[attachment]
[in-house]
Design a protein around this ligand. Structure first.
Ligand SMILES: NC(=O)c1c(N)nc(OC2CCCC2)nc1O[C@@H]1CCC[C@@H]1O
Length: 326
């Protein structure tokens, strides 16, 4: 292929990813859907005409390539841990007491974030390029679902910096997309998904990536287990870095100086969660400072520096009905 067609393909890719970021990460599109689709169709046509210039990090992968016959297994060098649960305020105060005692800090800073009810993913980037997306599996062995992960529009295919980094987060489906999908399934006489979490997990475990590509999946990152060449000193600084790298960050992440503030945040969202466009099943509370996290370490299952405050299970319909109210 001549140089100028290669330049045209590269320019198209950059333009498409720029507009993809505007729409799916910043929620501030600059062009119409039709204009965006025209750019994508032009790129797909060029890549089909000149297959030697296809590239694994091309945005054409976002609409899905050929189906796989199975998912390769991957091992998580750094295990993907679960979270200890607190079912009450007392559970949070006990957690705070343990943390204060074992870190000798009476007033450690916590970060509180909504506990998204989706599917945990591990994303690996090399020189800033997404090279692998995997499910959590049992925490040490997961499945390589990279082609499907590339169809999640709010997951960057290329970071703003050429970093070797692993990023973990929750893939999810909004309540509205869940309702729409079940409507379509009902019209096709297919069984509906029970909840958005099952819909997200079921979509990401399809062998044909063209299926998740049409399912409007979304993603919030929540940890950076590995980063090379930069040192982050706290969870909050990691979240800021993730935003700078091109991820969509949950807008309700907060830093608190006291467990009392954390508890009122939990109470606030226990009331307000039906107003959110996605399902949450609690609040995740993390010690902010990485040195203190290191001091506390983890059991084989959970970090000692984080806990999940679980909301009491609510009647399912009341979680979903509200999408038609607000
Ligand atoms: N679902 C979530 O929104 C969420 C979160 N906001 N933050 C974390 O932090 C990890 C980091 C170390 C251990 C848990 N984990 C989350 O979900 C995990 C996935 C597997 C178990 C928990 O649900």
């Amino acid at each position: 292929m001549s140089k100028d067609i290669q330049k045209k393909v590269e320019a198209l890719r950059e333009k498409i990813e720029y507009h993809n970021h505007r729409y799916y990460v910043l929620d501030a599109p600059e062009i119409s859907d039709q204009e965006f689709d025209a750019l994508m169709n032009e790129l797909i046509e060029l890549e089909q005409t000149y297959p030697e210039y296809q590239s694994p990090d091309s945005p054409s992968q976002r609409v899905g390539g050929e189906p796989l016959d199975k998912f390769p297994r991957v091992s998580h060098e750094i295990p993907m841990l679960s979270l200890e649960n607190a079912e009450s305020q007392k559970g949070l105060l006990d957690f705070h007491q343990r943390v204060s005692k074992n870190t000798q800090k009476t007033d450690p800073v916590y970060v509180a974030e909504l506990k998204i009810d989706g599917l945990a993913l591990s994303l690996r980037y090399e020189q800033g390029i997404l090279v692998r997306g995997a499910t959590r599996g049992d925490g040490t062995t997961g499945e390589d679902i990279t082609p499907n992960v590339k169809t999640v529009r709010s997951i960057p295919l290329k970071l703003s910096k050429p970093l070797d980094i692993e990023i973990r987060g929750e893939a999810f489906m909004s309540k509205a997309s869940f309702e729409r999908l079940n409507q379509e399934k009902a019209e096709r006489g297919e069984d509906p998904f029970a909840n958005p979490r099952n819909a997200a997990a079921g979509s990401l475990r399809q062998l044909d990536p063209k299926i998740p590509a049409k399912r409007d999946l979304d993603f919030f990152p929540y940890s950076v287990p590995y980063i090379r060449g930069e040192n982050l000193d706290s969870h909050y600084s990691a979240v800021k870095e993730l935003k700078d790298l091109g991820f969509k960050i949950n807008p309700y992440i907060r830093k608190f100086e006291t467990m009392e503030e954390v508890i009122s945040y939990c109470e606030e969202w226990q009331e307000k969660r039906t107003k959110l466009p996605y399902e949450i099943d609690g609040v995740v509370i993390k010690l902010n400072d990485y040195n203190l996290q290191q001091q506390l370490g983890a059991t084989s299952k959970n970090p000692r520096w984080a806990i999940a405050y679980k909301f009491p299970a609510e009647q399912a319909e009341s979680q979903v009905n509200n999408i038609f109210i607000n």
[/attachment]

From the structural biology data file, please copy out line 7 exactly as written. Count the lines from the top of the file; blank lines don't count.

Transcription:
């Amino acid at each position: 292929m001549s140089k100028d067609i290669q330049k045209k393909v590269e320019a198209l890719r950059e333009k498409i990813e720029y507009h993809n970021h505007r729409y799916y990460v910043l929620d501030a599109p600059e062009i119409s859907d039709q204009e965006f689709d025209a750019l994508m169709n032009e790129l797909i046509e060029l890549e089909q005409t000149y297959p030697e210039y296809q590239s694994p990090d091309s945005p054409s992968q976002r609409v899905g390539g050929e189906p796989l016959d199975k998912f390769p297994r991957v091992s998580h060098e750094i295990p993907m841990l679960s979270l200890e649960n607190a079912e009450s305020q007392k559970g949070l105060l006990d957690f705070h007491q343990r943390v204060s005692k074992n870190t000798q800090k009476t007033d450690p800073v916590y970060v509180a974030e909504l506990k998204i009810d989706g599917l945990a993913l591990s994303l690996r980037y090399e020189q800033g390029i997404l090279v692998r997306g995997a499910t959590r599996g049992d925490g040490t062995t997961g499945e390589d679902i990279t082609p499907n992960v590339k169809t999640v529009r709010s997951i960057p295919l290329k970071l703003s910096k050429p970093l070797d980094i692993e990023i973990r987060g929750e893939a999810f489906m909004s309540k509205a997309s869940f309702e729409r999908l079940n409507q379509e399934k009902a019209e096709r006489g297919e069984d509906p998904f029970a909840n958005p979490r099952n819909a997200a997990a079921g979509s990401l475990r399809q062998l044909d990536p063209k299926i998740p590509a049409k399912r409007d999946l979304d993603f919030f990152p929540y940890s950076v287990p590995y980063i090379r060449g930069e040192n982050l000193d706290s969870h909050y600084s990691a979240v800021k870095e993730l935003k700078d790298l091109g991820f969509k960050i949950n807008p309700y992440i907060r830093k608190f100086e006291t467990m009392e503030e954390v508890i009122s945040y939990c109470e606030e969202w226990q009331e307000k969660r039906t107003k959110l466009p996605y399902e949450i099943d609690g609040v995740v509370i993390k010690l902010n400072d990485y040195n203190l996290q290191q001091q506390l370490g983890a059991t084989s299952k959970n970090p000692r520096w984080a806990i999940a405050y679980k909301f009491p299970a609510e009647q399912a319909e009341s979680q979903v009905n509200n999408i038609f109210i607000n």